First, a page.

Bernie’s 2nd Big Lie: Tuition Subsidies Increase Your Quality of Life
In 2010, President Obama slipped through new student loan subsidies within the same legislation that gave us ObamaCare. He ramped up a program called Income Driven Repayment (IDR) that was started by Bill Clinton and tinkered with by George W. Bush. Many college students are still unaware of this program, though the current administration is aggressively spreading the word. As one job counselor told TIME, when Millennials hear about IDR they: “think it’s too good to be true.” It is.
There are five different IDR programs. Generally, a student with federal loan debt can cap their monthly payments at between 10%-to-15% of their monthly income. (If you make $100 a month, you owe $10 a month.) Additionally, all of your remaining debt will be erased (courtesy of the U.S. taxpayer) after 20-to-25 years. So far, 4 million students are enrolled in an IDR program.
And then there’s the big kahuna of student subsidies: Public Service Loan Forgiveness (PSLF). This is for IDR recipients who commit to working in “public service” for a period of time after graduation. Working for the EPA counts. Ditto for the IRS. In other words, you don’t need to work for a homeless shelter. You can work in a posh glass building in Washington, D.C. and qualify for the PSLF. Then, like magic, your remaining debt balance will be wiped clean in just 10 years!
Undergraduate dependents are limited to borrowing no more than $57,500. But graduate students—pursuing what Sheryl Sandberg calls useless MBAs—can take out an unlimited amount of debt. So, students are quickly learning that the easy way out of six figures of graduate school debt for a useless business or law degree is to work for the government for a few years.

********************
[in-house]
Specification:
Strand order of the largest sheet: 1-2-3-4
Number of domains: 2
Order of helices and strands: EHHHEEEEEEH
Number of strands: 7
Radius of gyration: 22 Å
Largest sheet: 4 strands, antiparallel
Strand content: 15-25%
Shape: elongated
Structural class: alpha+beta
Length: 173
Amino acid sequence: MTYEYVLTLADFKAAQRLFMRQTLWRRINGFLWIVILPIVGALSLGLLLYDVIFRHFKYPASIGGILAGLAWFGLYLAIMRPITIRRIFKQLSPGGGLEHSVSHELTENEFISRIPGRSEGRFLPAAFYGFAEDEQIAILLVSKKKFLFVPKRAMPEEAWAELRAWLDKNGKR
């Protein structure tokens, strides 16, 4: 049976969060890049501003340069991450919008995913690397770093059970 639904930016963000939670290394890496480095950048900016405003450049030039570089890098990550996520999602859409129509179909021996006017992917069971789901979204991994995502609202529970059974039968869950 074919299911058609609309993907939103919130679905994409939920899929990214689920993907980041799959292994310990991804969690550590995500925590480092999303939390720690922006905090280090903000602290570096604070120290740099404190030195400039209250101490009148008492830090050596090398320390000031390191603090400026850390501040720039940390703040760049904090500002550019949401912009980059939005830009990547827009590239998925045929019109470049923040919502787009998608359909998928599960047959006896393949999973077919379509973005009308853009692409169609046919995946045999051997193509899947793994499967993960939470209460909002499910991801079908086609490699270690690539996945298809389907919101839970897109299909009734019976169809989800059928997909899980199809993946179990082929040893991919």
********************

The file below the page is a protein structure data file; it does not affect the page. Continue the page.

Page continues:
The IDR and PSLF subsidy programs are a massive disservice to students, who deserve better than being channeled to work for the government. 70% of Millennials aspire to be entrepreneurs. But subsidies pressure them to choose monotonous jobs in bureaucratic work environments where they will learn to be sheep—not innovators.
Just when you think you couldn’t possibly add more to programs that sound “too good to be true”—even to Millennials—Sanders is literally promising to expand these subsidies. He says he doesn’t want students to pay a dime. In truth, students will pay. They’ll pay with the most valuable resource of all: time.
If you grew up dreaming of starting your own business or private legal practice, you now will feel pressured to work as a cog in the wheel.
A Better And Simpler Solution:
Phase out all subsidies for higher education. Force colleges to compete on merit. Encourage online-based learning. You will see college tuition drop exponentially. At the same time, students will graduate with what tech firms like Facebook say they really want: skills.
Bernie Sanders is not a sensible grandfather figure like Ron Paul, whom Millennials were correct in trusting. Paul prioritized exposing fraud over winning. Bernie stays in the shadows, and prioritizes winning.
It’s up to you to prioritize yourself over Bernie’s political ambitions. Do yourself a favor and tell your friends, especially your Millennial friends, about Bernie’s big lies. We didn’t get the “hope and change” we were sold last time around. Instead, we were told that we couldn’t “make it on our own.” We can do better than to go from helpless to hopeless.